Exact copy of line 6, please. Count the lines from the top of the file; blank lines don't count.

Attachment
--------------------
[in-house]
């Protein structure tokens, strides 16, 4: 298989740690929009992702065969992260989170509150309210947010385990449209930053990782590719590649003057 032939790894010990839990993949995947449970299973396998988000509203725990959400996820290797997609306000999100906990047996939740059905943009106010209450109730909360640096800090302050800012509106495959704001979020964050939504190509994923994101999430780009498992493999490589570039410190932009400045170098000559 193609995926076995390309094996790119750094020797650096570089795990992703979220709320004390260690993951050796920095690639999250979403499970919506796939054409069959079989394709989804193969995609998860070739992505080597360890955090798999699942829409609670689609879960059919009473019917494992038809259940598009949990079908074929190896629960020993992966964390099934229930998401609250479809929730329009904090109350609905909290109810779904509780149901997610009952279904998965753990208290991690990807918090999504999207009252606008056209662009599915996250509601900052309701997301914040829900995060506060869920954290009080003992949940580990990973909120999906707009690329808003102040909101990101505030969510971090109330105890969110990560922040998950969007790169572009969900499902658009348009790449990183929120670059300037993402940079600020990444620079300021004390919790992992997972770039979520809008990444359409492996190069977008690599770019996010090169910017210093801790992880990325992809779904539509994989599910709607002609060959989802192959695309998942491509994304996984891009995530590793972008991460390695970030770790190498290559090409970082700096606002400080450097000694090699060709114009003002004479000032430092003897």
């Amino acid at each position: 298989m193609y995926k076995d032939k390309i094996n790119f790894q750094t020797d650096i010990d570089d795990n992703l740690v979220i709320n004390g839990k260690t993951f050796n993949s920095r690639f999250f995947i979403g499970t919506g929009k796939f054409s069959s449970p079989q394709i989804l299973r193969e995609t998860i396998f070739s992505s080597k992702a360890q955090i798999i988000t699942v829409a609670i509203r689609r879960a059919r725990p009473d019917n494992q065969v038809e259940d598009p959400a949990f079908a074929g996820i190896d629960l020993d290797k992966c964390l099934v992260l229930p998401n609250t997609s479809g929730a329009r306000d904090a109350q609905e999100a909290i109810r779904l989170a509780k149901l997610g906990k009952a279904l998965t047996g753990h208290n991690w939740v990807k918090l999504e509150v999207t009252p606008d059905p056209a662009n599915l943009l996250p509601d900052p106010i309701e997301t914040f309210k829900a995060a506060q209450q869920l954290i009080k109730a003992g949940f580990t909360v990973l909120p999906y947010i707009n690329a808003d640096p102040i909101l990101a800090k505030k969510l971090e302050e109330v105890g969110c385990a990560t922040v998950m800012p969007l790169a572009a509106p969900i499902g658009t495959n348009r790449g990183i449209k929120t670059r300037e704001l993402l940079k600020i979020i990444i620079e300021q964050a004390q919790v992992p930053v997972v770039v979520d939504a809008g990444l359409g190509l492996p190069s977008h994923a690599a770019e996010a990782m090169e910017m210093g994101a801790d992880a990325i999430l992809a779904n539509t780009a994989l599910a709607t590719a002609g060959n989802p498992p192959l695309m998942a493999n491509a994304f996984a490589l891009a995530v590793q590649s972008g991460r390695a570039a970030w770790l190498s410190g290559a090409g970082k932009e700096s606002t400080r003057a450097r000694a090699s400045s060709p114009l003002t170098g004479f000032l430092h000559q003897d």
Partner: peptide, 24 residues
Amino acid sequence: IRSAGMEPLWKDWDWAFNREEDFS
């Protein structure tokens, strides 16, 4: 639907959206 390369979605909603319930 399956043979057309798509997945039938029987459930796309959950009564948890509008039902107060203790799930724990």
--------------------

């Protein structure tokens, strides 16, 4: 639907959206 390369979605909603319930 399956043979057309798509997945039938029987459930796309959950009564948890509008039902107060203790799930724990």